by ESP on August 8, 2012 · 2 comments

I found this humorous one-eyed little ‘thingymajig’ on one of my

Madam Ganna Walska water lilies. I have no idea what this is, and I am not sure I want to find out. Still, it did make me smile as I performed a double-take on the entity. I could not resist stumbling through the undergrowth to give it a closer prod or two with a small stick.

Half expecting a little scream the ‘Whatchamacallit’ just flexed inside it’s transparent membrane before returning to its original shape…brrr, brrr and more brrr.

It is amazing what you can find staring back at you in a garden.

With temperatures now consistently into triple digits there are not too many plants that are still in their prime.

The pride of Barbados,

Caesalpinia pulcherrima


has to be one of the most flamboyant that is. These blooms work great against a shady backdrop, in this case a loquat.

The foliage also carries a lot of movement with broad bipinnately compound leaves…adjusts heavily taped up black glasses.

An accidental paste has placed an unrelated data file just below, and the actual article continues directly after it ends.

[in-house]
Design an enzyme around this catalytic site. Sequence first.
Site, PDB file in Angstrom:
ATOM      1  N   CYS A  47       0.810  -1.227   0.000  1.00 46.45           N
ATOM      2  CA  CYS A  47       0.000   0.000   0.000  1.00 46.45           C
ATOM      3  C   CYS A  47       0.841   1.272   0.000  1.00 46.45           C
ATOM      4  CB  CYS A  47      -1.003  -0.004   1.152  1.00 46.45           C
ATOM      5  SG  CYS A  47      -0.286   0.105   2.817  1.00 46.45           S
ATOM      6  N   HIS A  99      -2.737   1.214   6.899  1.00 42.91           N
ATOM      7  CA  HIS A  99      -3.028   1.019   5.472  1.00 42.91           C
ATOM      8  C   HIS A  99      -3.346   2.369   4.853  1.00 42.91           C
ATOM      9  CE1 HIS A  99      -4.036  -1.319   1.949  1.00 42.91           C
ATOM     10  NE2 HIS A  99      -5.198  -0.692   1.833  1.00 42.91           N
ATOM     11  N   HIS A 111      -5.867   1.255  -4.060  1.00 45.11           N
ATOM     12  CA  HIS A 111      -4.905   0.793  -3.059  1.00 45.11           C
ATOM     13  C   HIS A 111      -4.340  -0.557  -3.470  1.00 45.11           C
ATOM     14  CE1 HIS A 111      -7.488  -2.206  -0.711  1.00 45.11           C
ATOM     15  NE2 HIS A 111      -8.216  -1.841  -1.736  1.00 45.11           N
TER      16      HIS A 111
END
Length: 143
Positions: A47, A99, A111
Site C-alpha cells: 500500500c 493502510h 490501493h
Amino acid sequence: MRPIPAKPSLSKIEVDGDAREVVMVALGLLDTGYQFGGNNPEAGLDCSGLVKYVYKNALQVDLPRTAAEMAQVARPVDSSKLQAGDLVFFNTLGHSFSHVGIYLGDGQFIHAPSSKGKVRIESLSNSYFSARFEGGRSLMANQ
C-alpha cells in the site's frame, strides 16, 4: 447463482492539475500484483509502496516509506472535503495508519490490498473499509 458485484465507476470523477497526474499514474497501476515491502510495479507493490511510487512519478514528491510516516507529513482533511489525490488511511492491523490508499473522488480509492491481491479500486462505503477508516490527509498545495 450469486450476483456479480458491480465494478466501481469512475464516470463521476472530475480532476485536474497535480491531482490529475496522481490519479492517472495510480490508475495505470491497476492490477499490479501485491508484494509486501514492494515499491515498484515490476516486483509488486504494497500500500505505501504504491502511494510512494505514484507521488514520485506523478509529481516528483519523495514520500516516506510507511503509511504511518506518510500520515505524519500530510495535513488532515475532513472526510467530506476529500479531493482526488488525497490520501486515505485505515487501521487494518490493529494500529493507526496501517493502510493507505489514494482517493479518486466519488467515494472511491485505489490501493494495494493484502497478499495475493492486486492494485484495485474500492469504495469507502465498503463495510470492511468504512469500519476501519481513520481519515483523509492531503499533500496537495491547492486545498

Waxy bean-shaped pods follow the flowers, starting green like mine are right now.

These will flush red, and eventually turn a rustic crunchy brown in the fall before splitting open.

“Ach ESP, ye ken I dunnae like those words mun.”

Oleanders also enjoy a good triple-digit roasting and no additional water.

This one near my hell-strip responds to the heat with these tropical colored blooms. Not being someone who plants a lot of flowers, I rely on specimens like this to punctuate color into a predominately foliage-driven scene, and oleander is one of my favorites – tough as nails, deer resistant with colors and hues that pack a punch.